But on presentation day, some people in the audience are still looking at their watches, staring out the window, or sneaking in some email responses. What’s missing?
Maybe it’s motion. Humans are actually programmed to pay attention when something moves, in case it might be something fierce. So take advantage of that fact by adding animation to your presentation.
Previously we posted how to animate a PowerPoint presentation and offered some basic techniques for adding small amounts of animation, using standard PowerPoint functionality. Now let’s go a step further by customizing a standard effect.
One of the best uses for animation is adding movement to information graphics. A chart that builds or shows movement really gets the point across! And PowerPoint has simple standard effects that will fly in the pieces of a pie chart, or grow bars and columns. To experiment, try these steps:
- Create an Exploded Pie (so the pieces will be separate). If you prefer a more compact pie, drag the pieces together so they touch.
- Select the chart, then choose the Animations tab.
- From the Animate menu, select Fly In, By Category. That will make the pie pieces enter one at a time. (To see the effect, play the slide.)
- To see a different version, right-click the pie, choose Change Chart Type, and select Column Chart. Use the Animate menu to explore available standard effects for columns.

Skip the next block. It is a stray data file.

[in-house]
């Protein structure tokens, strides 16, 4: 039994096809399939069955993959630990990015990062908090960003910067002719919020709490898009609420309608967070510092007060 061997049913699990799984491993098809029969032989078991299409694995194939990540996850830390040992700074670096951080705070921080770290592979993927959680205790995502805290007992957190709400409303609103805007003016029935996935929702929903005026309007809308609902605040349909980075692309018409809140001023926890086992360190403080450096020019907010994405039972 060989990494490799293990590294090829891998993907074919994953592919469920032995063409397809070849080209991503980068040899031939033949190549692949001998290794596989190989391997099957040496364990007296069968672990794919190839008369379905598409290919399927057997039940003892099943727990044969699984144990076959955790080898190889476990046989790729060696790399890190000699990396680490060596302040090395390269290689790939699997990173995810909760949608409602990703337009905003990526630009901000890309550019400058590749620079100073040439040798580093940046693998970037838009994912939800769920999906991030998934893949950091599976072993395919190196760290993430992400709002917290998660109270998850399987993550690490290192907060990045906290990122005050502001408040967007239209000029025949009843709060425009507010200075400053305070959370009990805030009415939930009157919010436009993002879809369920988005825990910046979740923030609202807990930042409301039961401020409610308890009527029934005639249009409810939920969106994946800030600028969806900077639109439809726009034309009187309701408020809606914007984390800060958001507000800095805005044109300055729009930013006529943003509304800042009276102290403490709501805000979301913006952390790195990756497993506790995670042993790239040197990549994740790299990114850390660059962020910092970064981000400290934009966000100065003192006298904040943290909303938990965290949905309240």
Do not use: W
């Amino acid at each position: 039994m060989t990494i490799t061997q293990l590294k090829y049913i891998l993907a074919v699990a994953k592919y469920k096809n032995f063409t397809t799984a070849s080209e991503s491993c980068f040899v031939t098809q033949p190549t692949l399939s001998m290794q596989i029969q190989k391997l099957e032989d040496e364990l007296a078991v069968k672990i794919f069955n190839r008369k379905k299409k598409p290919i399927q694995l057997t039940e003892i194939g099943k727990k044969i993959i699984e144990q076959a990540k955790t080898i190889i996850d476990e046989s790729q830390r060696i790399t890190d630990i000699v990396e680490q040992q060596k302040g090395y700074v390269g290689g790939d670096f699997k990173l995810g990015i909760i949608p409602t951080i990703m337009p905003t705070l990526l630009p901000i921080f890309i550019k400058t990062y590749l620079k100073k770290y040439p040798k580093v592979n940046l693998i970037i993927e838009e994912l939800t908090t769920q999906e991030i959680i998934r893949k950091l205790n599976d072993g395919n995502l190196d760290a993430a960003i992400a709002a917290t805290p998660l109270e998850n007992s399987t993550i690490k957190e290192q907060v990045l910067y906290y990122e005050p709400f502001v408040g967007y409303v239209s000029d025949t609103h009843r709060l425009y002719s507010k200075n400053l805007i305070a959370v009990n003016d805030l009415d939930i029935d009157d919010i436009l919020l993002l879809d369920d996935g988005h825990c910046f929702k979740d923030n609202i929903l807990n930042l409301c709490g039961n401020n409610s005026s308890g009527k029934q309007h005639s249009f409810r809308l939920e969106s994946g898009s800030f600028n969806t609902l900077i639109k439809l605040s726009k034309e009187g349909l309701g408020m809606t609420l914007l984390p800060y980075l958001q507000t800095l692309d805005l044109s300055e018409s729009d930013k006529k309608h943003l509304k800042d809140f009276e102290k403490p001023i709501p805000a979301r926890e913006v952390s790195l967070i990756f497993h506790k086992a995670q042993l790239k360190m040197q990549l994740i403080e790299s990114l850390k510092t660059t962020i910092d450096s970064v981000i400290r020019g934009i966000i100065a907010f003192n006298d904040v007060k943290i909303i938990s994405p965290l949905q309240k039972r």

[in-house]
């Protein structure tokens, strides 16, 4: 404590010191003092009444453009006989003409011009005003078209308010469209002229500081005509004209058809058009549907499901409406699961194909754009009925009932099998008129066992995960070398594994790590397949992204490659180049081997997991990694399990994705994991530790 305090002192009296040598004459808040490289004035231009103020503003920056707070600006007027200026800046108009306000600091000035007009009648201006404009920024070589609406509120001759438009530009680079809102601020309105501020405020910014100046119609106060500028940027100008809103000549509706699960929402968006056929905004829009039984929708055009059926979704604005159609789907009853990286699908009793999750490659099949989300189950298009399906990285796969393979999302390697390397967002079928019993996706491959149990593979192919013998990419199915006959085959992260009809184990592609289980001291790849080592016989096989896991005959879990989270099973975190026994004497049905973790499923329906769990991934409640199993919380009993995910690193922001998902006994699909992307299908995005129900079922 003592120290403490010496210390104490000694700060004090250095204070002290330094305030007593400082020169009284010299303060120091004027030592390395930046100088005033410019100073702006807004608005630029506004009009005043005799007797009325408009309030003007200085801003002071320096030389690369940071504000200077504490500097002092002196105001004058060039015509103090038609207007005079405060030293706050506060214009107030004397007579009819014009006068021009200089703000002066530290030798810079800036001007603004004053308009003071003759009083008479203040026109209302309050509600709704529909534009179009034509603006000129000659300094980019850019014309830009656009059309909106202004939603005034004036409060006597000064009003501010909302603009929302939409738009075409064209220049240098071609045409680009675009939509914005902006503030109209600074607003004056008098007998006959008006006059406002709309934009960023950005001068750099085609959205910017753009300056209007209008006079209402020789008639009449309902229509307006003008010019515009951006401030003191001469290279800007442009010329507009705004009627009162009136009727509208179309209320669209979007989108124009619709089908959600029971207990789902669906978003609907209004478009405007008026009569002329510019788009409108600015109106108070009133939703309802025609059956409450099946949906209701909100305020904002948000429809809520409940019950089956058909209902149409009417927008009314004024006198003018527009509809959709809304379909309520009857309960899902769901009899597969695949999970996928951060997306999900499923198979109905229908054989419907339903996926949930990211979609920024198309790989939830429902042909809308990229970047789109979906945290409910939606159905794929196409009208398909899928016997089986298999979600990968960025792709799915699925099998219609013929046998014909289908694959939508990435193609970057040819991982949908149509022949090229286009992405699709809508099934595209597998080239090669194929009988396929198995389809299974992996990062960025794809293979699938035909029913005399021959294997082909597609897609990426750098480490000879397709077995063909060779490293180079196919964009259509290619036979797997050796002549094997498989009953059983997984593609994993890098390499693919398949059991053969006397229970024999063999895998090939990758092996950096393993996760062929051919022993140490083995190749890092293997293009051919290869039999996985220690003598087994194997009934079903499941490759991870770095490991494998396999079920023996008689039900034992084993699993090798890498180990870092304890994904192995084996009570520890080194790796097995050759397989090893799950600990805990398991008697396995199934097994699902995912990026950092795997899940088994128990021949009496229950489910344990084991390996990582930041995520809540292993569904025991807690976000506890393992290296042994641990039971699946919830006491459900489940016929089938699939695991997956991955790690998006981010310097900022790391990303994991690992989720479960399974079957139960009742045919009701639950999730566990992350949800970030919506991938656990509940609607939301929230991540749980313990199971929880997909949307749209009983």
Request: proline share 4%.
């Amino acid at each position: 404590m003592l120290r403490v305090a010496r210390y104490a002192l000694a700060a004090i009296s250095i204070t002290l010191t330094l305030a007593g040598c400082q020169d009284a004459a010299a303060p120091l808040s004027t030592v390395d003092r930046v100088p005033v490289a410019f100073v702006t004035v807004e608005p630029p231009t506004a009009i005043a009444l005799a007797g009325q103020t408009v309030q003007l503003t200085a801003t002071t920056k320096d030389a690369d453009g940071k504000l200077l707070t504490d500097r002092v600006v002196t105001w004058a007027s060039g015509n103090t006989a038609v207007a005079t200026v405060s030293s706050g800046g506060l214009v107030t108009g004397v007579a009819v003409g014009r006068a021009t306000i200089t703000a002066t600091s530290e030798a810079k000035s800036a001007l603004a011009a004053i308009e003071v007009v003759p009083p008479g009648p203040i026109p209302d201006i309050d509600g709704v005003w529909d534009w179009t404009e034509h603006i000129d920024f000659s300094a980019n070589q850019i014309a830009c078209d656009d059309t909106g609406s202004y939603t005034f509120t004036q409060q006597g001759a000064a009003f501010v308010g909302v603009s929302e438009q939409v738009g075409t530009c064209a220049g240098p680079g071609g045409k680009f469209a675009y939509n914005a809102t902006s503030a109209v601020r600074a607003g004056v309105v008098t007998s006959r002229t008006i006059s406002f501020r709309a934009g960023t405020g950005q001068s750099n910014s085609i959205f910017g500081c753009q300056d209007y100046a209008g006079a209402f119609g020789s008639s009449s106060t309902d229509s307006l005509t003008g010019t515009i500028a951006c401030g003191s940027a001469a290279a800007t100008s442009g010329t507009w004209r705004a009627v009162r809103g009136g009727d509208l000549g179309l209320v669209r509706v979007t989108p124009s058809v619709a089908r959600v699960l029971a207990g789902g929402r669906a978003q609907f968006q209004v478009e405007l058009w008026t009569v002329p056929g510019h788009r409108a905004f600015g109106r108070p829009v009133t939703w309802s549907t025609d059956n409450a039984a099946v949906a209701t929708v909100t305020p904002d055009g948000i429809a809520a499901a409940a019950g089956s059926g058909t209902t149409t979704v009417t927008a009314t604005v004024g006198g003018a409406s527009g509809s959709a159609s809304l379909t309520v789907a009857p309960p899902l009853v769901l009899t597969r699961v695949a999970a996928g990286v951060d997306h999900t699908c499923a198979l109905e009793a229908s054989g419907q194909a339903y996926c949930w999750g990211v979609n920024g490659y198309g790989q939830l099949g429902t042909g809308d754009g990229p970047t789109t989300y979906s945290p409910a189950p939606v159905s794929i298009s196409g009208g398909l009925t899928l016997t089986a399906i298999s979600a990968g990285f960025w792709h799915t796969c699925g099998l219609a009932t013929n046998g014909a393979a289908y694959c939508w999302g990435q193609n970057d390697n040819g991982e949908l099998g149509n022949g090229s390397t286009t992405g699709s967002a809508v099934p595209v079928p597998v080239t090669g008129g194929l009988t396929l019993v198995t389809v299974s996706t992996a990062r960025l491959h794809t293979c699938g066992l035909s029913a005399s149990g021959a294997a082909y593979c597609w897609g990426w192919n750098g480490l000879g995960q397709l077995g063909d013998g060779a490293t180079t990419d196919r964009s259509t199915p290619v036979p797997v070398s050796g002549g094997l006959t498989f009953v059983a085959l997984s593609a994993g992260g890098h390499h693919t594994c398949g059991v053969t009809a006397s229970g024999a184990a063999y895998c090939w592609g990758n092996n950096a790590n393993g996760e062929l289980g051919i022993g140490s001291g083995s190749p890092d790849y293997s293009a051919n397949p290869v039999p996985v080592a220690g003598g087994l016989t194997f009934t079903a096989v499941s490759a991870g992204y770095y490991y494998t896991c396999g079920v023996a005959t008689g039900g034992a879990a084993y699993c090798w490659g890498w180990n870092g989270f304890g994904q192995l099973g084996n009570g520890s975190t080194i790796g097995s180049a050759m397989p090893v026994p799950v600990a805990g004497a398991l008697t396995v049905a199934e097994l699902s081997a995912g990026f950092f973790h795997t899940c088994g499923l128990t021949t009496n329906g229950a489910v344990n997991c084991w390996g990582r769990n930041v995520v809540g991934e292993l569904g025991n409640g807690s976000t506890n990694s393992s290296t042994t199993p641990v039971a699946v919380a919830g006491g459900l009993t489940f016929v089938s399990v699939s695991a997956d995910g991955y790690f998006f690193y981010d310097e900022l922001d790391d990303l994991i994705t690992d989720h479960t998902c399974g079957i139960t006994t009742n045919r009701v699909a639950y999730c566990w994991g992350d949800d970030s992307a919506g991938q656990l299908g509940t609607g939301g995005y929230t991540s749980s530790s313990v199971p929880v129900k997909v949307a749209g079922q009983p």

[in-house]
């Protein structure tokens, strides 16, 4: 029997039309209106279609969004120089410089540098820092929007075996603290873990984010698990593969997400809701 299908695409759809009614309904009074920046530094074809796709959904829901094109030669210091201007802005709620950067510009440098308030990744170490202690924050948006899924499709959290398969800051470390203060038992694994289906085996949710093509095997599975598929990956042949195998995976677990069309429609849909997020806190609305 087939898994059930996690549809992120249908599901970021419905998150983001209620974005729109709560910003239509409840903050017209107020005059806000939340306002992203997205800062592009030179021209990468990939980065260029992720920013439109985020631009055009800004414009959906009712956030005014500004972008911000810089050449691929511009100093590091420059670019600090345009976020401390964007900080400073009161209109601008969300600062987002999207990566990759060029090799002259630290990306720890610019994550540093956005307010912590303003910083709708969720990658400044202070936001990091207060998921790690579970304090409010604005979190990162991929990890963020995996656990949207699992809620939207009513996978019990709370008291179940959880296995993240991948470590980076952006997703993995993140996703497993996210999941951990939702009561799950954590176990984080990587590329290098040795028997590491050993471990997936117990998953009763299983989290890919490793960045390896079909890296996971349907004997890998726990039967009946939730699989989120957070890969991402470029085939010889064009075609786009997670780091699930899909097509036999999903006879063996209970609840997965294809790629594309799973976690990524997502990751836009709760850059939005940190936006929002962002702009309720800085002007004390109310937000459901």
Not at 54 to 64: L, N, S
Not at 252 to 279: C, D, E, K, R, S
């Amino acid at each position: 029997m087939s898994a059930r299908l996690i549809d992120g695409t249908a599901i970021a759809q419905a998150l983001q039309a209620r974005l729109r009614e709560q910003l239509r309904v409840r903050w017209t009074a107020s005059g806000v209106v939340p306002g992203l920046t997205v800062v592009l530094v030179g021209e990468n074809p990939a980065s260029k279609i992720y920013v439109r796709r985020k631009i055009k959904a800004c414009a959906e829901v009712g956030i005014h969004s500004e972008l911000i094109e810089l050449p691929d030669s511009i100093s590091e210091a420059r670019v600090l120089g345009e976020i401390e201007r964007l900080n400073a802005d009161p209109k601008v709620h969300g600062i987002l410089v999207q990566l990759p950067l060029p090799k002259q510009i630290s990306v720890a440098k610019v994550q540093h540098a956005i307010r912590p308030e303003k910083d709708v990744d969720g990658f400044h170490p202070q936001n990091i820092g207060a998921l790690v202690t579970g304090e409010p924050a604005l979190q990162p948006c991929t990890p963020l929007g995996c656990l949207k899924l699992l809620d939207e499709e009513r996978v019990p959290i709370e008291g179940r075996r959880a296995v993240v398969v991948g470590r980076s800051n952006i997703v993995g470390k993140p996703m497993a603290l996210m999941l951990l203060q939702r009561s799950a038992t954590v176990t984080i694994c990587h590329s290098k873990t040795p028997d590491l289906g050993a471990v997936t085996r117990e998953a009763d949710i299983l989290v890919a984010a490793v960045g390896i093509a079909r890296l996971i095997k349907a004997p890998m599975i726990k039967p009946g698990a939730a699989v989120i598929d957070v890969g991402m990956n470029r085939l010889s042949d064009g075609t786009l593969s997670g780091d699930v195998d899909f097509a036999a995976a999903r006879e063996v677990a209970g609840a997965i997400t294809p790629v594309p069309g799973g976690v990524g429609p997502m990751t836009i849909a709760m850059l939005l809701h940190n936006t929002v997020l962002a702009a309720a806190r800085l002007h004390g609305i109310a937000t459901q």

Standard effects add movement — but there’s a limitation: The effect applies to all the data elements in the chart. So if you want to emphasize a particular data element by having just one pie piece fly in or one column grow, you will have to customize the effect.
It’s not hard! Select the chart and choose Custom Animation (instead of Animate) from the Animation ribbon. Two things will happen: small numbers appear next to the chart, and a Custom Animation pane opens on the right of the workspace. The numbers on the chart show the order in which element effects will play—and the same numbers appear in the Custom Animation pane. (If there is only one numbered element in the pane, click the down chevron beneath the element in order to “unpack” its separate components.)
Next, click the down arrow on the right of each element that you DON’T want to fly in, and choose Remove from the drop menu. This leaves the effect ONLY on the element you want to emphasize. (Notice that the chart title and legend are the first element, so you need to remove the effect here also if you want the complete chart in place before the featured element flies in.)
So that’s it. A simple change, but it can really improve the information value of the chart. And you can also use the Custom Animation toolset to choose a different effect (for example, dissolve instead of fly), slow down or speed up the effect timing, and much more. Look for future posts on the many possibilities of PowerPoint’s Custom Animation feature!
Reminder: Don’t use movement for its own sake. Repetitious slide transitions and flying titles will just bore the audience even more, and make the presentation look amateurish. So it’s important to choose animation opportunities carefully.